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Mission-oriented biomedical research at the NIH

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  • Sampat, Bhaven N.
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    Abstract

    The NIH (National Institutes of Health) is the largest single funder of biomedical research in the world. This paper documents tensions between the agency's health and science missions and considers how, in light of these, it has managed to sustain a level of bipartisan political support uncommon in U.S. health or research policy. It highlights the serendipity hypothesis, the presence of “safety valve” mechanisms that allow it to (on occasion) target research at particular diseases and priorities, and a broad and diverse set of constituencies as important to understanding the agency's political success. Through an in-depth look at the NIH allocation process, the paper also provides insights into how demand-side considerations can affect the direction of scientific research.

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    Bibliographic Info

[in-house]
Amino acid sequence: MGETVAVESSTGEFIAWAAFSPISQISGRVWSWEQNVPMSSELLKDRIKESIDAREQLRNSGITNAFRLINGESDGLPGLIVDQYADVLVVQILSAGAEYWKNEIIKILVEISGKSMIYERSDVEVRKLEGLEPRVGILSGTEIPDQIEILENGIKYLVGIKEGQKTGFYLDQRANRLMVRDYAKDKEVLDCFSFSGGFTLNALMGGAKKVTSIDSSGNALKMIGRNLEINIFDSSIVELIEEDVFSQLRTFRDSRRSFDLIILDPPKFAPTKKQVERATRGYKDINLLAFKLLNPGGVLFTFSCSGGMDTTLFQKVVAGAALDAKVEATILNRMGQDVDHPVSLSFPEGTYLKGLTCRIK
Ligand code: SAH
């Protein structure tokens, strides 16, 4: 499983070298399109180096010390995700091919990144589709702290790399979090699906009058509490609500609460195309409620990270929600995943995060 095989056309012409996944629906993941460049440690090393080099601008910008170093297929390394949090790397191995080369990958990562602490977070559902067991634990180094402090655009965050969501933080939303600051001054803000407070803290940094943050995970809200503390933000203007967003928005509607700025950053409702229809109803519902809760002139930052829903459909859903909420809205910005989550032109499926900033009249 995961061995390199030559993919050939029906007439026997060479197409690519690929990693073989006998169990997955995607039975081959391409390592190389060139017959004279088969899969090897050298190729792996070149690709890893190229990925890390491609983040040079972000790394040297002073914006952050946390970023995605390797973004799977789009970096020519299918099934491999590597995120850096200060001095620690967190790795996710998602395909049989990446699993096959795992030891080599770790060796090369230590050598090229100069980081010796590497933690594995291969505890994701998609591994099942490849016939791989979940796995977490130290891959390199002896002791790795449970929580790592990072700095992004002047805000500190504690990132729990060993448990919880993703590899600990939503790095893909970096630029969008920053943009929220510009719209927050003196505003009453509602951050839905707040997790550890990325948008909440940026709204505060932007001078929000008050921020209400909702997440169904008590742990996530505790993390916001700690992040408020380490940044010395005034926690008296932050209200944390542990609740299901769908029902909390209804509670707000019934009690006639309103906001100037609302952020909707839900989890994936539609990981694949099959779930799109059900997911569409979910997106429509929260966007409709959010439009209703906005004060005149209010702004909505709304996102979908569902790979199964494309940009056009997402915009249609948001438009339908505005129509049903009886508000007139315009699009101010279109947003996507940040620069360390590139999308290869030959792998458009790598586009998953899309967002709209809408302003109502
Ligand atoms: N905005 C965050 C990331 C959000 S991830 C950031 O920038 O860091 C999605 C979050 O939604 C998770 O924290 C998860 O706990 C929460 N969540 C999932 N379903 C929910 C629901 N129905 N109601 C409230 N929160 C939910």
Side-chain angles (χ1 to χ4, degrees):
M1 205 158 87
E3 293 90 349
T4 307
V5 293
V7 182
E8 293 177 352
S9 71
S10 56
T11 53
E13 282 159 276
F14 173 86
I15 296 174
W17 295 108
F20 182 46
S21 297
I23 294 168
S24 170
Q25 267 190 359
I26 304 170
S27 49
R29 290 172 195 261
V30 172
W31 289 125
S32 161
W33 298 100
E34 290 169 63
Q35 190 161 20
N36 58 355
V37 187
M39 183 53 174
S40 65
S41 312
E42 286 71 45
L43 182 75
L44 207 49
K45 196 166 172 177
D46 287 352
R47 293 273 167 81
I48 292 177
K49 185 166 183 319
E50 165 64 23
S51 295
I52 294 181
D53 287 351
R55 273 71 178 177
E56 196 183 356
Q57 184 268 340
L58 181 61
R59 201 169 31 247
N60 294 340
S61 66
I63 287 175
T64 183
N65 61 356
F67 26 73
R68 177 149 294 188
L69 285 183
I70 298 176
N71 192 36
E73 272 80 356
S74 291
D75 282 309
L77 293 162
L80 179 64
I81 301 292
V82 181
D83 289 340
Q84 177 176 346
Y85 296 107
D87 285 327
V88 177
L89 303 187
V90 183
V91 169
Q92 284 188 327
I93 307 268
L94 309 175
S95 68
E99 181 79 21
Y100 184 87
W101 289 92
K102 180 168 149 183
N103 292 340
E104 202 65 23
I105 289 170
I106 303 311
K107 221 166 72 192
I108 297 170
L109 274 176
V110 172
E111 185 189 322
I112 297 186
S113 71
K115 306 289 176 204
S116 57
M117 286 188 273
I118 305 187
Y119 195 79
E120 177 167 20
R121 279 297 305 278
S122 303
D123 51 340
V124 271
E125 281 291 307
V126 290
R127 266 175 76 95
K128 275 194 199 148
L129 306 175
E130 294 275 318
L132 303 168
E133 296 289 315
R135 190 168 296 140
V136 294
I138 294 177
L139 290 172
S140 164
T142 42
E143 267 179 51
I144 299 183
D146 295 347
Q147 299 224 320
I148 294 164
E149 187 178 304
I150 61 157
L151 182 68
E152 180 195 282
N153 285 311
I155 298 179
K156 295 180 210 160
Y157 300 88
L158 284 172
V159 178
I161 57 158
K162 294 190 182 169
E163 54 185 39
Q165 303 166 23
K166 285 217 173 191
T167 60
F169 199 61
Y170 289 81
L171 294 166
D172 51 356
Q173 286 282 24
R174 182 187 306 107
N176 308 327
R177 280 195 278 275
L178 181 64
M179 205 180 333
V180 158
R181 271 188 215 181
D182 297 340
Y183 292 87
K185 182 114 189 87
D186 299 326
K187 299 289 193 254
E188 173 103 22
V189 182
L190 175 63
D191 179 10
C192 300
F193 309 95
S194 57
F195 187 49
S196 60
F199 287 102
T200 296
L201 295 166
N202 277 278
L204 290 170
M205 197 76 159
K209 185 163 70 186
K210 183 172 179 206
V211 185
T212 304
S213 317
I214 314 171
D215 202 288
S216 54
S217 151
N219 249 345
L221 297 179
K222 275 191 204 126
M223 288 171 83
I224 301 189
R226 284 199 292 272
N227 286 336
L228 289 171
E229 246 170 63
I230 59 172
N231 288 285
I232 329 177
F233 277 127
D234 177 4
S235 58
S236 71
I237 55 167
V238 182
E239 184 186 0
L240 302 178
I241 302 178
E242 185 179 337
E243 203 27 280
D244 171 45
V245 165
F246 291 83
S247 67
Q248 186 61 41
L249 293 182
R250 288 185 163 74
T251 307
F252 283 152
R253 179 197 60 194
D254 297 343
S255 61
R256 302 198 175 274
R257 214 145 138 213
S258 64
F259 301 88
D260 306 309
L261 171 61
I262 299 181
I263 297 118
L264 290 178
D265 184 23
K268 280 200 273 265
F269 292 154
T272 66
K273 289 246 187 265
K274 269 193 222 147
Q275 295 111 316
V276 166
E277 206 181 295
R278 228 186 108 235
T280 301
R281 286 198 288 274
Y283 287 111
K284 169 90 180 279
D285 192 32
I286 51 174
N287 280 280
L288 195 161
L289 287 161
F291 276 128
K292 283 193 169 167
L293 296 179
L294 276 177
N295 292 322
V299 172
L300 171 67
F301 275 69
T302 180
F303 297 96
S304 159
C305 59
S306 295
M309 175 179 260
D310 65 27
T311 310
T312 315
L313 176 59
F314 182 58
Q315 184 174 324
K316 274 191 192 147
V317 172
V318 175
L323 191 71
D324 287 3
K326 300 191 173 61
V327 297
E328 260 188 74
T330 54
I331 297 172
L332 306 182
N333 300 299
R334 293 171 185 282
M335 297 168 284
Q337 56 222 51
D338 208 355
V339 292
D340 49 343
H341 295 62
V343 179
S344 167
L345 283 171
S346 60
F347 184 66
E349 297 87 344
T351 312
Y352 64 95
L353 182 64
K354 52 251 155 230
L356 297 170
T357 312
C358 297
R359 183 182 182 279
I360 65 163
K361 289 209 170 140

Article provided by Elsevier in its journal Research Policy.

    Volume (Year): 41 (2012)
    Issue (Month): 10 ()
    Pages: 1729-1741

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    Handle: RePEc:eee:respol:v:41:y:2012:i:10:p:1729-1741

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    Web page: http://www.elsevier.com/locate/respol

    Related research

    Keywords: NIH; Medical research; Serendipity; Mission-oriented research;

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    1. David M. Cutler & Ellen Meara & Seth Richards, 2009. "Induced Innovation and Social Inequality: Evidence from Infant Medical Care," NBER Working Papers 15316, National Bureau of Economic Research, Inc.
    2. Bhattacharya, Jay & Packalen, Mikko, 2011. "Opportunities and benefits as determinants of the direction of scientific research," Journal of Health Economics, Elsevier, vol. 30(4), pages 603-615, July.
    3. Frank R. Lichtenberg, 2001. "The Allocation of Publicly Funded Biomedical Research," NBER Chapters, in: Medical Care Output and Productivity, pages 565-590 National Bureau of Economic Research, Inc.
    4. Pierre Azoulay & Joshua S. Graff Zivin & Gustavo Manso, 2009. "Incentives and Creativity: Evidence from the Academic Life Sciences," NBER Working Papers 15466, National Bureau of Economic Research, Inc.
    5. Mowery, David C. & Nelson, Richard R. & Martin, Ben R., 2010. "Technology policy and global warming: Why new policy models are needed (or why putting new wine in old bottles won't work)," Research Policy, Elsevier, Elsevier, vol. 39(8), pages 1011-1023, October.
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